Eric Carle's Rooster's Off to See the World

Discussion in 'Elementary Education Archives' started by smilefor49, Sep 21, 2004.

  1. smilefor49

    smilefor49 Guest

    Sep 21, 2004

    Does anyone have a good math/language arts lesson for this book? I really want the students (1st grade) to do some independent work with this book. Any suggestions?

    THank you!
  3. mommaruthie

    mommaruthie Aficionado

    May 2, 2002
    Likes Received:

    Sep 21, 2004

    i am not on my own puter right now and hope someone else will put the website (linda's links to literature) for you. In the mean time here are a few ideas from the web....
    Math Extensions

    Rooster's Off to See the World is an engaging book that can be used for a problem-solving math activity. Read the story to your students the first time, asking them to pay close attention to the animals in the story. At the end of the story ask the children what they notice about the number of animals in the stories. Ask the children how many different animals are in the story? What are the different animals? How many cats, turtles, frogs, fish? How many all together? Introduce the concept of adding on animals as the rooster ventured further out into the world: one rooster plus two frogs and so on. Continue this process until you reach the point where all the animals have joined in the venture. The same process can be repeated using subtraction when the animals realize that they are ready to return home.

    Once the children feel comfortable with the quantities discussed in the story they can begin to work on the following word problem, Marilyn Burns-style. If the rooster wanted to buy shoes for all his new friends how many would he need to buy? Invite the children to show how they solved the problem. Tell them they need to explain their work using either pictures, words, numbers, or any combination of these methods. If you are working with younger students the same results could be obtained by photocopying pictures of the animals represented in the book and having them glue the pictures on a larger piece of paper. Ask the children if they know how many feet are on their page. It is important to clarify with the children what feet are. Young children may not realize the fins on the fish are not feet! As a challenge to this activity for other students you could ask them: How many tails there are all together? How many tails and feet are there? If each animal brought a friend just like himself, how many feet would there be? How many tails? How many feet and tails all together?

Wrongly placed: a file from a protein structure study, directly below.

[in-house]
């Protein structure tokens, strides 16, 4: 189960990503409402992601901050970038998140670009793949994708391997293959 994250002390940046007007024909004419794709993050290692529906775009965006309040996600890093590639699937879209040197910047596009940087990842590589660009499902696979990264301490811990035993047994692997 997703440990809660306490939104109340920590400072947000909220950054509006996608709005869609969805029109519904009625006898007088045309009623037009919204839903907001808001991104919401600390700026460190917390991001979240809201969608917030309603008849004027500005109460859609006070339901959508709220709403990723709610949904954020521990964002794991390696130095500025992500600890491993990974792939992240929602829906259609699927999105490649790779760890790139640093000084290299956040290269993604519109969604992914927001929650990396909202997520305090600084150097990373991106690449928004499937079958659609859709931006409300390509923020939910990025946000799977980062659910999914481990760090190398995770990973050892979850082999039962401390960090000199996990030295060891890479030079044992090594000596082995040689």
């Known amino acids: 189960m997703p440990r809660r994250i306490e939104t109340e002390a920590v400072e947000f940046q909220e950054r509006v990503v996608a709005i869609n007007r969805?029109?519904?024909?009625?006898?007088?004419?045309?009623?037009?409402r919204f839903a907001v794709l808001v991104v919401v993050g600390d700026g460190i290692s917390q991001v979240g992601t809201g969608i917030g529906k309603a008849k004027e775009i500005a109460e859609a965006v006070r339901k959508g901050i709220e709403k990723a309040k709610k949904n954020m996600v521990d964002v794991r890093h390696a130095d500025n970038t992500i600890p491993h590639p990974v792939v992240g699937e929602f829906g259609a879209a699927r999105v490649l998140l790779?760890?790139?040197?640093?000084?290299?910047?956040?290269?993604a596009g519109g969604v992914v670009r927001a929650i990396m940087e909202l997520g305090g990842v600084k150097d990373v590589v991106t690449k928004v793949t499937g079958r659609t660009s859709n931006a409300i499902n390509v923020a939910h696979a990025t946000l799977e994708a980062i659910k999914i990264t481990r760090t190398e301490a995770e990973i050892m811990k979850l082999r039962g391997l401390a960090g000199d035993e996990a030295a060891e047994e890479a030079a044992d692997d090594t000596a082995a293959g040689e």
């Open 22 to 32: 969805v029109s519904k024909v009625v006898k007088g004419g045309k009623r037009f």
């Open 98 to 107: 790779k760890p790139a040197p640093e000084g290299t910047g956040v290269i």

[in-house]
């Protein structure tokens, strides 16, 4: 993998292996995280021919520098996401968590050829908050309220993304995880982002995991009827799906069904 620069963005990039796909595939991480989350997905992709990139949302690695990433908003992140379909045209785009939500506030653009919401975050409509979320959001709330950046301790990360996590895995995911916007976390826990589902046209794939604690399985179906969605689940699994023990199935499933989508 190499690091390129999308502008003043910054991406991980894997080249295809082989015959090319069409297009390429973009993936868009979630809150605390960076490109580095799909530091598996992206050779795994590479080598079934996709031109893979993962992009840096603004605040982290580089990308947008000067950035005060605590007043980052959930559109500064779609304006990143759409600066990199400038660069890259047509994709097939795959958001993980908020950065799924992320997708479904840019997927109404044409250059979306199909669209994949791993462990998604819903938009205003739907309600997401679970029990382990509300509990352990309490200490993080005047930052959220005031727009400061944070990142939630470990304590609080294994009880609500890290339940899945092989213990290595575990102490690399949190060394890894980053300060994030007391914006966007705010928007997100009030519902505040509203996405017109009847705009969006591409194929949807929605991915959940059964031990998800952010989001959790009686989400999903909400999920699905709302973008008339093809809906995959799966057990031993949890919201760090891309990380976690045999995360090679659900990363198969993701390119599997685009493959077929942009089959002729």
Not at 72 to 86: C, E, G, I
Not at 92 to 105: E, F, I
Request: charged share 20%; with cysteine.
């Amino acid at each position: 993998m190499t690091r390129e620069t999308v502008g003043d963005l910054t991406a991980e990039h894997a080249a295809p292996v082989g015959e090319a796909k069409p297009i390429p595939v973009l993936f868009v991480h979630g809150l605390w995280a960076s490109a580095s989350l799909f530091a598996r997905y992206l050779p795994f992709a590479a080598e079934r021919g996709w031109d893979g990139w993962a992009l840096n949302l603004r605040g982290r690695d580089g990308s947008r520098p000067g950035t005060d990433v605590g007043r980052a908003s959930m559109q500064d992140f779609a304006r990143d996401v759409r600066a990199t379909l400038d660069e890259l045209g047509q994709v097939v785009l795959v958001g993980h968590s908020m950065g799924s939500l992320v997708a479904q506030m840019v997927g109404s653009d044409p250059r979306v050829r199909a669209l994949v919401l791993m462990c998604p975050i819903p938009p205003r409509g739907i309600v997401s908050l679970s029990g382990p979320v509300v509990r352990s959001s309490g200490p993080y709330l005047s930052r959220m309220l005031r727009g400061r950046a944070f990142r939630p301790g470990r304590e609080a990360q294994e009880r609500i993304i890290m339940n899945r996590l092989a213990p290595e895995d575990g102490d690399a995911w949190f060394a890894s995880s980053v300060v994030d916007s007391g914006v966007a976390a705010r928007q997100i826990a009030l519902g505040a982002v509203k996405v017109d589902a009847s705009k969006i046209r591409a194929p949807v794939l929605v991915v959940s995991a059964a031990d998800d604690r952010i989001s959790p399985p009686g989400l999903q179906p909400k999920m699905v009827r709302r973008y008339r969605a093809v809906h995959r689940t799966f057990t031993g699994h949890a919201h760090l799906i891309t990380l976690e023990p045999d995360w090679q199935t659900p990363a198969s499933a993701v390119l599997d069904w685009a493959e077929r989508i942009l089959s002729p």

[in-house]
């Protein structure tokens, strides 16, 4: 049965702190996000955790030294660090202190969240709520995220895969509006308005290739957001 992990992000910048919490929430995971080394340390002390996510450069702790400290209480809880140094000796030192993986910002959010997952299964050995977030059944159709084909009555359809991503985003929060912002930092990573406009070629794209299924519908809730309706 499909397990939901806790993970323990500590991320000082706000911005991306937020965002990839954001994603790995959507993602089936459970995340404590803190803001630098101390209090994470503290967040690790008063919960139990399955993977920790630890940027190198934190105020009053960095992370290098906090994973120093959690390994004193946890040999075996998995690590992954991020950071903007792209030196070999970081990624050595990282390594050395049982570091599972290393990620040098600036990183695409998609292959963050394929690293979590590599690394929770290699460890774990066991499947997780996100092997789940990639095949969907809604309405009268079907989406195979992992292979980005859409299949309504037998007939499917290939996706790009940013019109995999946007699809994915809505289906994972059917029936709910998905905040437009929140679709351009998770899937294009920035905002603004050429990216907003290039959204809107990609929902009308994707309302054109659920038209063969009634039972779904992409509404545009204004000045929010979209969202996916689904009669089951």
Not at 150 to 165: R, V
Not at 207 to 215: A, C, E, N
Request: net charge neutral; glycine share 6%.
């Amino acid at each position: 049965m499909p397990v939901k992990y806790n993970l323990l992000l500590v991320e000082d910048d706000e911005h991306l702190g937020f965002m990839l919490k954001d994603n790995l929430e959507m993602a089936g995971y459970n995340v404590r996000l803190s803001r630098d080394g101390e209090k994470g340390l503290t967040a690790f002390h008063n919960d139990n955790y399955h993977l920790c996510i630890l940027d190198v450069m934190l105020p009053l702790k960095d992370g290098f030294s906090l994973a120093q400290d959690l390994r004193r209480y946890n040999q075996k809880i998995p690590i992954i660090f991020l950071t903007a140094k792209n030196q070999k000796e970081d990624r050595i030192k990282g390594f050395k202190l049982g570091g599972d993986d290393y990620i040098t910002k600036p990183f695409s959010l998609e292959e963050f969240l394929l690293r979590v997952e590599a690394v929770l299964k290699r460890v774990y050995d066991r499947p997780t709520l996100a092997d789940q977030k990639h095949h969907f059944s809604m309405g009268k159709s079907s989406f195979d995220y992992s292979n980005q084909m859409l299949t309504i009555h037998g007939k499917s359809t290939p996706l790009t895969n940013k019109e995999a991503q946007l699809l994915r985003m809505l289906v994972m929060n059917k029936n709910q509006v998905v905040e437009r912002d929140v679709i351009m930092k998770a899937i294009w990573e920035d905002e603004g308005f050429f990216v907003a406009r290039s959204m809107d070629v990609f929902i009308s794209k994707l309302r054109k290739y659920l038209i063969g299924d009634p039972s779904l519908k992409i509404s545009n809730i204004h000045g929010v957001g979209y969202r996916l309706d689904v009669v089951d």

4. SpecialPreskoo

    SpecialPreskoo Moderator

    Jul 19, 2002
    Likes Received:

    Sep 21, 2004

    This is from

    The following are ideas for using Rooster’s Off to See the World in the classroom.

    Submitted by Carolyn Boyd on July 4, 2000

    I've used Rooster’s Off to See the World as a springboard for creative writing. After reading the book, I give my students the following sentence, “If I could go off to see the world, I’d go to...” The students complete the phrase with a short story of their own, then add illustrations.

    Submitted by Lynn Corrie on February 17, 2000
    I am a Middle School and Elementary School Art teacher in Sioux City, Iowa. For my 1st Grade collage project, I used Rooster's Off to See The World. After reading the story to my students, we spent time talking about what a collage is. Then I showed them how they could make their own rooster collages. First, each student made a pattern for the body, head, wing, and neck. They used these to trace around on sheets of sample book wallpaper. Tail feathers, feet, waddles combs, etc., were made out of construction paper for a nice contrast. They are beautiful!

    Submitted by Kellie Freestone on February 25, 1999
    I teach kindergarten and just had a wonderful experience with Rooster’s Off to See the World. We read the story and talked about all the animals that went with rooster. Then the children were sent to their tables with a problem to solve.... “How many animals all together went off to see the world?” The children used manipulatives or just drew pictures in order to solve the problem. It was a great problem solving activity. has some ideas, too.


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